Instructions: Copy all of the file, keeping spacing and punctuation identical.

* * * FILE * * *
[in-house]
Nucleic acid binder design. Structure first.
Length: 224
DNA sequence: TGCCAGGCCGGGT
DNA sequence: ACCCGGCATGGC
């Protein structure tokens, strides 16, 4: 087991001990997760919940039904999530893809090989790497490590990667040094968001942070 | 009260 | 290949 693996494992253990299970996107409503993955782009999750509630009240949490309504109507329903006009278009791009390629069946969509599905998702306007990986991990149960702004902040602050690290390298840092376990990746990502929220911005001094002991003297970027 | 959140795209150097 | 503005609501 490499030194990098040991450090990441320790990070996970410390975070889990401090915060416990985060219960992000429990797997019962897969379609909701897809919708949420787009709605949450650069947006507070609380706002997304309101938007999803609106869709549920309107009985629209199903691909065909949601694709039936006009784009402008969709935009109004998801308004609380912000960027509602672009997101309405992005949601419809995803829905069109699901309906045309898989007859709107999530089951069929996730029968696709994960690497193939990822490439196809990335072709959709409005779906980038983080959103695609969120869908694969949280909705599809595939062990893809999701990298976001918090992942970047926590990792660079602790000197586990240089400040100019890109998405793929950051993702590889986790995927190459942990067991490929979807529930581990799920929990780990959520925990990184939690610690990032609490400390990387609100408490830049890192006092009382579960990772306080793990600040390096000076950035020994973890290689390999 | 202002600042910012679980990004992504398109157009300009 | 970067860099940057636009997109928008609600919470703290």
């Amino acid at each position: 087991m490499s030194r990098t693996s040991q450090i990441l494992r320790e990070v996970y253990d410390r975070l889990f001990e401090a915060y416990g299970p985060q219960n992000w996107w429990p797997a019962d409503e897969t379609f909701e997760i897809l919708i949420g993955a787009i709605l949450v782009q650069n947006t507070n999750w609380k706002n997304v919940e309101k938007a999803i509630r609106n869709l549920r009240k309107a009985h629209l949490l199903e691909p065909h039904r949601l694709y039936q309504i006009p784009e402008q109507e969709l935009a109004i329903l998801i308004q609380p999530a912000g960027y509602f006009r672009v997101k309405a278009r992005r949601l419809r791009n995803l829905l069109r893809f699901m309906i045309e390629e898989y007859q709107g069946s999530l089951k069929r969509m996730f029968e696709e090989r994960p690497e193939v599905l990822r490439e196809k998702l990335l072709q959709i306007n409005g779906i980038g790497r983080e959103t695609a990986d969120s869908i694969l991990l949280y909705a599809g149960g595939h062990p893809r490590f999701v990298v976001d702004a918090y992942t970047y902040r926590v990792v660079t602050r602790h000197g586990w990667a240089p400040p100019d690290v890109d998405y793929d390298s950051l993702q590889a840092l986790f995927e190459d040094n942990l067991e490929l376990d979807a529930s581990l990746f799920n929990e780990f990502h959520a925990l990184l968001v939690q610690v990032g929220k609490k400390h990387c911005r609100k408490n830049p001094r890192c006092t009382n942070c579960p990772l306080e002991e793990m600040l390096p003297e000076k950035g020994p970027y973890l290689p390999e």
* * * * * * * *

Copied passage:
[in-house]
Nucleic acid binder design. Structure first.
Length: 224
DNA sequence: TGCCAGGCCGGGT
DNA sequence: ACCCGGCATGGC
């Protein structure tokens, strides 16, 4: 087991001990997760919940039904999530893809090989790497490590990667040094968001942070 | 009260 | 290949 693996494992253990299970996107409503993955782009999750509630009240949490309504109507329903006009278009791009390629069946969509599905998702306007990986991990149960702004902040602050690290390298840092376990990746990502929220911005001094002991003297970027 | 959140795209150097 | 503005609501 490499030194990098040991450090990441320790990070996970410390975070889990401090915060416990985060219960992000429990797997019962897969379609909701897809919708949420787009709605949450650069947006507070609380706002997304309101938007999803609106869709549920309107009985629209199903691909065909949601694709039936006009784009402008969709935009109004998801308004609380912000960027509602672009997101309405992005949601419809995803829905069109699901309906045309898989007859709107999530089951069929996730029968696709994960690497193939990822490439196809990335072709959709409005779906980038983080959103695609969120869908694969949280909705599809595939062990893809999701990298976001918090992942970047926590990792660079602790000197586990240089400040100019890109998405793929950051993702590889986790995927190459942990067991490929979807529930581990799920929990780990959520925990990184939690610690990032609490400390990387609100408490830049890192006092009382579960990772306080793990600040390096000076950035020994973890290689390999 | 202002600042910012679980990004992504398109157009300009 | 970067860099940057636009997109928008609600919470703290």
């Amino acid at each position: 087991m490499s030194r990098t693996s040991q450090i990441l494992r320790e990070v996970y253990d410390r975070l889990f001990e401090a915060y416990g299970p985060q219960n992000w996107w429990p797997a019962d409503e897969t379609f909701e997760i897809l919708i949420g993955a787009i709605l949450v782009q650069n947006t507070n999750w609380k706002n997304v919940e309101k938007a999803i509630r609106n869709l549920r009240k309107a009985h629209l949490l199903e691909p065909h039904r949601l694709y039936q309504i006009p784009e402008q109507e969709l935009a109004i329903l998801i308004q609380p999530a912000g960027y509602f006009r672009v997101k309405a278009r992005r949601l419809r791009n995803l829905l069109r893809f699901m309906i045309e390629e898989y007859q709107g069946s999530l089951k069929r969509m996730f029968e696709e090989r994960p690497e193939v599905l990822r490439e196809k998702l990335l072709q959709i306007n409005g779906i980038g790497r983080e959103t695609a990986d969120s869908i694969l991990l949280y909705a599809g149960g595939h062990p893809r490590f999701v990298v976001d702004a918090y992942t970047y902040r926590v990792v660079t602050r602790h000197g586990w990667a240089p400040p100019d690290v890109d998405y793929d390298s950051l993702q590889a840092l986790f995927e190459d040094n942990l067991e490929l376990d979807a529930s581990l990746f799920n929990e780990f990502h959520a925990l990184l968001v939690q610690v990032g929220k609490k400390h990387c911005r609100k408490n830049p001094r890192c006092t009382n942070c579960p990772l306080e002991e793990m600040l390096p003297e000076k950035g020994p970027y973890l290689p390999e």